Archive for Climate Change

Collaboration for Sustainability on Jesuit Campuses

9287609827_31e783887f_zFrom March 17-19, 2016, Loyola University Chicago hosted its third annual Climate Change Conference, entitled “Global Climate Change: Economic Challenges and Solutions.” This gathering focused on new economics, policies and activism taking place around the world to address climate change. Key highlights included the student sustainability summit, where students were invited to share from their own perspective about the sustainability initiatives occurring on their campuses and learn what’s working at other schools, as well as the keynote speech by award-winning author and climate activist, Naomi Klein.

Global Climate Change: Economic Challenges and Solutions March 17–19, 2016

CCC3This year’s conference “Global Climate Change: Economic Challenges and Solutions” will delve into international policy, new economics, and the climate justice and grassroots activism occurring worldwide due to climate change.

Putting justice into action in our schools

jm_climate_resourcesRiding on a wave of some amazing achievements last year, Jesuit Missions is looking forward to another full year of producing thought-provoking resources for schools.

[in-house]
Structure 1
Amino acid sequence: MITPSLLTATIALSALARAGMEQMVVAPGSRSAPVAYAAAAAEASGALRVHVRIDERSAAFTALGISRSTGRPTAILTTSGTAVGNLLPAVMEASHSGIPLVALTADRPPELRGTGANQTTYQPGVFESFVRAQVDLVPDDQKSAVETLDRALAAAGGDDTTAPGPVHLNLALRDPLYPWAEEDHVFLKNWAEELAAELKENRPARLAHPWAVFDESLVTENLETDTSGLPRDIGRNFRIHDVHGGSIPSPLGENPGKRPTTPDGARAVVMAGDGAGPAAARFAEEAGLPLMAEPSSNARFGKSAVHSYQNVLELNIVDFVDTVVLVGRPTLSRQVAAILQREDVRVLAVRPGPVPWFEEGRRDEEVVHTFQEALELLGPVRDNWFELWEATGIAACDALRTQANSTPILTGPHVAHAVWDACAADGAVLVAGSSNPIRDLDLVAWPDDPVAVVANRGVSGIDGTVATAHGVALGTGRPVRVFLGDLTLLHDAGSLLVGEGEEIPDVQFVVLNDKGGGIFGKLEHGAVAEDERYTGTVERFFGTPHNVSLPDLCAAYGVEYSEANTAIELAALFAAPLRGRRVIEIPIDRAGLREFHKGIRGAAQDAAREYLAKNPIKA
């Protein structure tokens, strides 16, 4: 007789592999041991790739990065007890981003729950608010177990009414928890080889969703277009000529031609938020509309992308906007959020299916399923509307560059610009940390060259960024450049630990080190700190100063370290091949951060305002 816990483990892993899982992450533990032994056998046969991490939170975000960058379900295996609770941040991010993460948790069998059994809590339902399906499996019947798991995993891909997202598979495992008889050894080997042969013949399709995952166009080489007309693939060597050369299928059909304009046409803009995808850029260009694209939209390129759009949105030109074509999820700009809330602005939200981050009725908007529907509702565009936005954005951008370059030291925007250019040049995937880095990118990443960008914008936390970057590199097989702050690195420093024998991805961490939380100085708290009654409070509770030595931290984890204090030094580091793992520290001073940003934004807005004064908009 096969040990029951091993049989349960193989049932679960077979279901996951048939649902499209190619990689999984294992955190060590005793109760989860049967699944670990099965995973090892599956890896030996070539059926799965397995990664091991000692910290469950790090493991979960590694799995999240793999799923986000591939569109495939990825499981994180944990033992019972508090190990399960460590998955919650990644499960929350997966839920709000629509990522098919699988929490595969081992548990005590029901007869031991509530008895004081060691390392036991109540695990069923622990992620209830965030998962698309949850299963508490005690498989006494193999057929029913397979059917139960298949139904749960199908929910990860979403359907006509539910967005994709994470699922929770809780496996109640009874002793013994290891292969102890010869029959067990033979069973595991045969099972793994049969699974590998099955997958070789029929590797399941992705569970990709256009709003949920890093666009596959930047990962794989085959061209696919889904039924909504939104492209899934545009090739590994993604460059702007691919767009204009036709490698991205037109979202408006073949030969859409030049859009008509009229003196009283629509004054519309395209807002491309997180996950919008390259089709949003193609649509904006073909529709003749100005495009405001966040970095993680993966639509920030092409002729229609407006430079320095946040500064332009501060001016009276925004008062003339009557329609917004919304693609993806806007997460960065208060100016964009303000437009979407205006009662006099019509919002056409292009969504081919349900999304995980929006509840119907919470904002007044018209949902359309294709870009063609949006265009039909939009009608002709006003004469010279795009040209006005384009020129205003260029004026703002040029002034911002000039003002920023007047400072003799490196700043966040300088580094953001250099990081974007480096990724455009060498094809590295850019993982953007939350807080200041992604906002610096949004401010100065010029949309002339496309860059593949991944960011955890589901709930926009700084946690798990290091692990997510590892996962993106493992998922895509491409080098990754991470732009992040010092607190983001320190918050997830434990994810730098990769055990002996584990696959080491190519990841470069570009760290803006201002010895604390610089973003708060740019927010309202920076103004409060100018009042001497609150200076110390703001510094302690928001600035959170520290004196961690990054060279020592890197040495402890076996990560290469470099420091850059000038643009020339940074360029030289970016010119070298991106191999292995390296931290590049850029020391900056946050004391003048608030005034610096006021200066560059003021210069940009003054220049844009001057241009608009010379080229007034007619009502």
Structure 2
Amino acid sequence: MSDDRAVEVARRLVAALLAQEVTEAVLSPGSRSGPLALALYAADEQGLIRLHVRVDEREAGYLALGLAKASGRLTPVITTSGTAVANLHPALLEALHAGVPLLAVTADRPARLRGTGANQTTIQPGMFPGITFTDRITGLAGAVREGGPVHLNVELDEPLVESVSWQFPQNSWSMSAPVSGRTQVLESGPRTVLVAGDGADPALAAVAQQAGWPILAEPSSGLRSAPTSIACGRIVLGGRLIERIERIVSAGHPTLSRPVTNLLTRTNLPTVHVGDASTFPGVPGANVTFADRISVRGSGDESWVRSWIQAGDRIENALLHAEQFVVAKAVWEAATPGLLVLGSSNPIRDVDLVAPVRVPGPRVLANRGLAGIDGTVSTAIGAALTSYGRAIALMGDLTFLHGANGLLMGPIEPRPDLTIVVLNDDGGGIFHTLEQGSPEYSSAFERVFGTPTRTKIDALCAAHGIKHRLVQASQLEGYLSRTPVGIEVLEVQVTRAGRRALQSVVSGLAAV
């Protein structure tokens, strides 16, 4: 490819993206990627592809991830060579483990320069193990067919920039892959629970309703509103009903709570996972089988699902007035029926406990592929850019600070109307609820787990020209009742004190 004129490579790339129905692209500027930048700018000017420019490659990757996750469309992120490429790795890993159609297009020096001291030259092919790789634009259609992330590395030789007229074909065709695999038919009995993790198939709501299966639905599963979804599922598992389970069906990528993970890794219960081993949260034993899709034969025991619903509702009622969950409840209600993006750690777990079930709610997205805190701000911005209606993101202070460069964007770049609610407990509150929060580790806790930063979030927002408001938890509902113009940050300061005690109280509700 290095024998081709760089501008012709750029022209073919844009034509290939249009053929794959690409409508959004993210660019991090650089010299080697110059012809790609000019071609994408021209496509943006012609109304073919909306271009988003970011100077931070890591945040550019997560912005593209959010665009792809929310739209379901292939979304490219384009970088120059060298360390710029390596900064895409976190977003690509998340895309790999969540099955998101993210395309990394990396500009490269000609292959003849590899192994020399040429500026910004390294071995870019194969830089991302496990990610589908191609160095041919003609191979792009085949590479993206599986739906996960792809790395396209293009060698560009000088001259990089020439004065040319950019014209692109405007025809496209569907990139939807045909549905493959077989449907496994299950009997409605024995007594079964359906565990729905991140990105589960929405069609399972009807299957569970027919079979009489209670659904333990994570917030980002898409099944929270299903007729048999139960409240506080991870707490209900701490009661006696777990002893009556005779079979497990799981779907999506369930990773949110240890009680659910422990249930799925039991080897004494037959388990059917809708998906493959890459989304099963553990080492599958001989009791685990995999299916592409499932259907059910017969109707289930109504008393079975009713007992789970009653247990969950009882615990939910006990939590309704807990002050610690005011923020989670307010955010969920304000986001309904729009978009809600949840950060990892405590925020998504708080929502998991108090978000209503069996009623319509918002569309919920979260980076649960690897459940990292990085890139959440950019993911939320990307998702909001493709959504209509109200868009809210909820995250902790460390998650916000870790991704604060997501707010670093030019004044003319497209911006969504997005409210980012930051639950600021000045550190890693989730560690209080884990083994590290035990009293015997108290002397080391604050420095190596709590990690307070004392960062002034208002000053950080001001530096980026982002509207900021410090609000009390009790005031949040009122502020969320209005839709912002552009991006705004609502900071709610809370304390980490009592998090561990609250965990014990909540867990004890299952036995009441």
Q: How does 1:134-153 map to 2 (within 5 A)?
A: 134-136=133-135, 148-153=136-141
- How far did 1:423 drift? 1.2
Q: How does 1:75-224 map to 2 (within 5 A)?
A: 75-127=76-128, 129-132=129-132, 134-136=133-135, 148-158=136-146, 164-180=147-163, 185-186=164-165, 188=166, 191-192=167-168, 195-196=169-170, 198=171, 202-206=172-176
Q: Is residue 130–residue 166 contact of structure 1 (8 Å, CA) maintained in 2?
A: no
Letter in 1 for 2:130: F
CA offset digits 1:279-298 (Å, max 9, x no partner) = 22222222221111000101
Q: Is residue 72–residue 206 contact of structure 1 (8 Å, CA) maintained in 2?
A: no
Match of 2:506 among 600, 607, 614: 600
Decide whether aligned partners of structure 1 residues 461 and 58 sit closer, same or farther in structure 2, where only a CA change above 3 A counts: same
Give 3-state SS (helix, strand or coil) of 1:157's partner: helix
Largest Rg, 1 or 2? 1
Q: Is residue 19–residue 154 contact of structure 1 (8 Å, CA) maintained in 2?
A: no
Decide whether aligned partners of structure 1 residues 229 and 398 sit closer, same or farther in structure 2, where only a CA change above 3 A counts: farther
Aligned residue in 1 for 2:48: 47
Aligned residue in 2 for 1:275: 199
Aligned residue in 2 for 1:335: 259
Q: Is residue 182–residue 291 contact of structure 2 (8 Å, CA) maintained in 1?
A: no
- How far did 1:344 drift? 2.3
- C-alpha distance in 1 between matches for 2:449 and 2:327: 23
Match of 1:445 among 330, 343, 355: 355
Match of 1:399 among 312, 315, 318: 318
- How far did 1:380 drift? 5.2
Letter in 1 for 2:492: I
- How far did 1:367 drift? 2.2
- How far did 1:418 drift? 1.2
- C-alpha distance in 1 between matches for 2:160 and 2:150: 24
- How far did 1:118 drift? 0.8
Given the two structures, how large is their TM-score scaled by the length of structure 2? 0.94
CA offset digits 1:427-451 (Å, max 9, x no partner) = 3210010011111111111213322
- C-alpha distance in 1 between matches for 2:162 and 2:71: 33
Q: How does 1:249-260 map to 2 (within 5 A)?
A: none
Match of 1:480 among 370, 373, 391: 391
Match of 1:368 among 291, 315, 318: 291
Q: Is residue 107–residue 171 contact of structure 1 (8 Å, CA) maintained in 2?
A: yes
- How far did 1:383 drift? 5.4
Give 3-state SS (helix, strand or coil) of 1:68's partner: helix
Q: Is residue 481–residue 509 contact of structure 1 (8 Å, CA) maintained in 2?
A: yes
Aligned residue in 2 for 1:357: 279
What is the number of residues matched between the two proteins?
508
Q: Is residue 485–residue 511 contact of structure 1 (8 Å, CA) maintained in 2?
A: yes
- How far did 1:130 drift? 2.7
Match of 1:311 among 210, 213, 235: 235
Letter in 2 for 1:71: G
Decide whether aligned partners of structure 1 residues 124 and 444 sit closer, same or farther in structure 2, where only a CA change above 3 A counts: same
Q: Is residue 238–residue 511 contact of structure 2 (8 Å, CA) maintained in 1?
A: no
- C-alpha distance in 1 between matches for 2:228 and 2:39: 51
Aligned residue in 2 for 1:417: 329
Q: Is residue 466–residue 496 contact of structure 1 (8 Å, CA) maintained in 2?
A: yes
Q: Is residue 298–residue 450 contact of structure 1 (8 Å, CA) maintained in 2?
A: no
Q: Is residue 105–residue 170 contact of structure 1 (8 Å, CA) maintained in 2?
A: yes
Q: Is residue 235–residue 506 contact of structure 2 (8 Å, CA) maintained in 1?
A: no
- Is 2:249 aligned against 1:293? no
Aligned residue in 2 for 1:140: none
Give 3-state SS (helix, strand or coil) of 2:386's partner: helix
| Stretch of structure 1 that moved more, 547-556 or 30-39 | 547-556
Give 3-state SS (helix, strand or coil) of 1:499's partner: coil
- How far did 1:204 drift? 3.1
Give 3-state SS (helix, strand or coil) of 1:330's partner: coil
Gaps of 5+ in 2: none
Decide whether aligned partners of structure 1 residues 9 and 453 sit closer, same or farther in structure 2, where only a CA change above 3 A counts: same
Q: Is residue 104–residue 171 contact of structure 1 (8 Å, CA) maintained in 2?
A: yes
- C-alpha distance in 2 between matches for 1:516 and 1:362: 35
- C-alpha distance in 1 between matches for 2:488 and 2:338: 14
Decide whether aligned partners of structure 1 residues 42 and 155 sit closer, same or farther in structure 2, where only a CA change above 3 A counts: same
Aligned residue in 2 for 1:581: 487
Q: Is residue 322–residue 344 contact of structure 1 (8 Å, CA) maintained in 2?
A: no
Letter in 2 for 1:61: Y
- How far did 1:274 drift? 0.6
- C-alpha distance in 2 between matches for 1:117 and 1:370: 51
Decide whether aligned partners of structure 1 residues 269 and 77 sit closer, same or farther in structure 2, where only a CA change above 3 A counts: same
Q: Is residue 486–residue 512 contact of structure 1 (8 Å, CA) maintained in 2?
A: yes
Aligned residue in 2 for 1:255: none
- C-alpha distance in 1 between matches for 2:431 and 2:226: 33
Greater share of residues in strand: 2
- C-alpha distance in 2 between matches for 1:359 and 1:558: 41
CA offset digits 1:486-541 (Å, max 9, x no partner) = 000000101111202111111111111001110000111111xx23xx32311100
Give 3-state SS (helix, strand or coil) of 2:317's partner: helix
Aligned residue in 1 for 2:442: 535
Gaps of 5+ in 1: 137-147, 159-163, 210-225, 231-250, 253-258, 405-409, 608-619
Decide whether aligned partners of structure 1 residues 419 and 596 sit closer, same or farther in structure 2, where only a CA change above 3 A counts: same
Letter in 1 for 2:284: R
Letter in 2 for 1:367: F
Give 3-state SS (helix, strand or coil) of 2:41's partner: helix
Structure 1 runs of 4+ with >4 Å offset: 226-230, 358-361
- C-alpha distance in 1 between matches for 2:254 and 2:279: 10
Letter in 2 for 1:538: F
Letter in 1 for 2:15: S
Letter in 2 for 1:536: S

Beginning this Lent (which starts on 10 February 2016), Jesuit Missions has prepared Our Common Home – a set of four weekly PowerPoints, designed for school assemblies. It follows a similar format to last year’s Great Hope but with an even stronger emphasis on the environment.

The Paris Agreement: Successes, disappointments, and the road ahead

2015_12_15_Editorial_Photo1In his opening remarks  to the media during the closing day of the COP21 climate talks  in Le Bourget, France on 11 December 2015, UN Secretary General Ban Ki-moon shared, “I have been attending many difficult multilateral negotiations, but by any standard, this negotiation is most complicated, most difficult, but most important for humanity.”

This statement reflects the weight of expectations placed on COP21. For many, the Paris Agreement was a success, reflecting a universal, explicit acknowledgement among the nations of the world, that climate change is a serious issue requiring urgent action. However, while long on ambition, the Agreement falls short on steps for concrete action.